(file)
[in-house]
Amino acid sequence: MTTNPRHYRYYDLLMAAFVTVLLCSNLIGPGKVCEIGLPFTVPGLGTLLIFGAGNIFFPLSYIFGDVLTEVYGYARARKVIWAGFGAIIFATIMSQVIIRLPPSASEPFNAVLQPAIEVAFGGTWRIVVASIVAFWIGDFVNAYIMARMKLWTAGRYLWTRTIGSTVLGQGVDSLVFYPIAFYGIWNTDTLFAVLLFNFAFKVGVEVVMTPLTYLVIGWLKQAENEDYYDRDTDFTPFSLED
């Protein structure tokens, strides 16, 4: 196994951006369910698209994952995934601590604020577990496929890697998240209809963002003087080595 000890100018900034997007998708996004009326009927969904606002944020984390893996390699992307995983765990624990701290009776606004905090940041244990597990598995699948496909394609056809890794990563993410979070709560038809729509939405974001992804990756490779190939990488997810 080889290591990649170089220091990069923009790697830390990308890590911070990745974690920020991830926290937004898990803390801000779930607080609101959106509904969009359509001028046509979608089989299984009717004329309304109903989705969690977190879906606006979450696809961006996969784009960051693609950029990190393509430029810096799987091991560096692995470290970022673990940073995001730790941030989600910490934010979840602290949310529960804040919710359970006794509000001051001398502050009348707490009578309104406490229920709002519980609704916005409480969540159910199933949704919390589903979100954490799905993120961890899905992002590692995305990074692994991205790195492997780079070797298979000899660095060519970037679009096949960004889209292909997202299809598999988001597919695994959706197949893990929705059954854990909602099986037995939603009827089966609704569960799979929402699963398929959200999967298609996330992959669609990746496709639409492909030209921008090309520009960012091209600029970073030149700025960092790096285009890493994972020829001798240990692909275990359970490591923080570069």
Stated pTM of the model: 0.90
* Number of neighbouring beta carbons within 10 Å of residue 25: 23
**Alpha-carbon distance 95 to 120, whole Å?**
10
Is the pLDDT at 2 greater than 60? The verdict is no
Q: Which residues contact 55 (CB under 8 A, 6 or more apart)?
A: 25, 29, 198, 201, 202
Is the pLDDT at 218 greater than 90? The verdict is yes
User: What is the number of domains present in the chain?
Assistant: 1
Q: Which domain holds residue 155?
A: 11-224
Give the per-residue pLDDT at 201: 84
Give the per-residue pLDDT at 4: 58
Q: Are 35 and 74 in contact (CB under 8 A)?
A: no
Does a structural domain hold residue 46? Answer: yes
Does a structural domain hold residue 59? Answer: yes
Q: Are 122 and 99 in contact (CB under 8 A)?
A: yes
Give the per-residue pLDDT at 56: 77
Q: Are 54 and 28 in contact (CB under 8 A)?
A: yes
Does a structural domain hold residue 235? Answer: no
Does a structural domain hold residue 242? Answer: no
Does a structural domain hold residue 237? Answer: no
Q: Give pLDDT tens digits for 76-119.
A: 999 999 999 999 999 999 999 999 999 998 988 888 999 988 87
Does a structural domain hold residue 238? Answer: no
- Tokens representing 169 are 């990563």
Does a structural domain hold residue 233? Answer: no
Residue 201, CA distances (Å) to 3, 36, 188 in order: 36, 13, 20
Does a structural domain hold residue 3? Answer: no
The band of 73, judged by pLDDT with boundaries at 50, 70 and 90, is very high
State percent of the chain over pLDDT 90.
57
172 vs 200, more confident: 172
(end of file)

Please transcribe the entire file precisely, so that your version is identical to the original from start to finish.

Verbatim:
[in-house]
Amino acid sequence: MTTNPRHYRYYDLLMAAFVTVLLCSNLIGPGKVCEIGLPFTVPGLGTLLIFGAGNIFFPLSYIFGDVLTEVYGYARARKVIWAGFGAIIFATIMSQVIIRLPPSASEPFNAVLQPAIEVAFGGTWRIVVASIVAFWIGDFVNAYIMARMKLWTAGRYLWTRTIGSTVLGQGVDSLVFYPIAFYGIWNTDTLFAVLLFNFAFKVGVEVVMTPLTYLVIGWLKQAENEDYYDRDTDFTPFSLED
């Protein structure tokens, strides 16, 4: 196994951006369910698209994952995934601590604020577990496929890697998240209809963002003087080595 000890100018900034997007998708996004009326009927969904606002944020984390893996390699992307995983765990624990701290009776606004905090940041244990597990598995699948496909394609056809890794990563993410979070709560038809729509939405974001992804990756490779190939990488997810 080889290591990649170089220091990069923009790697830390990308890590911070990745974690920020991830926290937004898990803390801000779930607080609101959106509904969009359509001028046509979608089989299984009717004329309304109903989705969690977190879906606006979450696809961006996969784009960051693609950029990190393509430029810096799987091991560096692995470290970022673990940073995001730790941030989600910490934010979840602290949310529960804040919710359970006794509000001051001398502050009348707490009578309104406490229920709002519980609704916005409480969540159910199933949704919390589903979100954490799905993120961890899905992002590692995305990074692994991205790195492997780079070797298979000899660095060519970037679009096949960004889209292909997202299809598999988001597919695994959706197949893990929705059954854990909602099986037995939603009827089966609704569960799979929402699963398929959200999967298609996330992959669609990746496709639409492909030209921008090309520009960012091209600029970073030149700025960092790096285009890493994972020829001798240990692909275990359970490591923080570069």
Stated pTM of the model: 0.90
* Number of neighbouring beta carbons within 10 Å of residue 25: 23
**Alpha-carbon distance 95 to 120, whole Å?**
10
Is the pLDDT at 2 greater than 60? The verdict is no
Q: Which residues contact 55 (CB under 8 A, 6 or more apart)?
A: 25, 29, 198, 201, 202
Is the pLDDT at 218 greater than 90? The verdict is yes
User: What is the number of domains present in the chain?
Assistant: 1
Q: Which domain holds residue 155?
A: 11-224
Give the per-residue pLDDT at 201: 84
Give the per-residue pLDDT at 4: 58
Q: Are 35 and 74 in contact (CB under 8 A)?
A: no
Does a structural domain hold residue 46? Answer: yes
Does a structural domain hold residue 59? Answer: yes
Q: Are 122 and 99 in contact (CB under 8 A)?
A: yes
Give the per-residue pLDDT at 56: 77
Q: Are 54 and 28 in contact (CB under 8 A)?
A: yes
Does a structural domain hold residue 235? Answer: no
Does a structural domain hold residue 242? Answer: no
Does a structural domain hold residue 237? Answer: no
Q: Give pLDDT tens digits for 76-119.
A: 999 999 999 999 999 999 999 999 999 998 988 888 999 988 87
Does a structural domain hold residue 238? Answer: no
- Tokens representing 169 are 């990563």
Does a structural domain hold residue 233? Answer: no
Residue 201, CA distances (Å) to 3, 36, 188 in order: 36, 13, 20
Does a structural domain hold residue 3? Answer: no
The band of 73, judged by pLDDT with boundaries at 50, 70 and 90, is very high
State percent of the chain over pLDDT 90.
57
172 vs 200, more confident: 172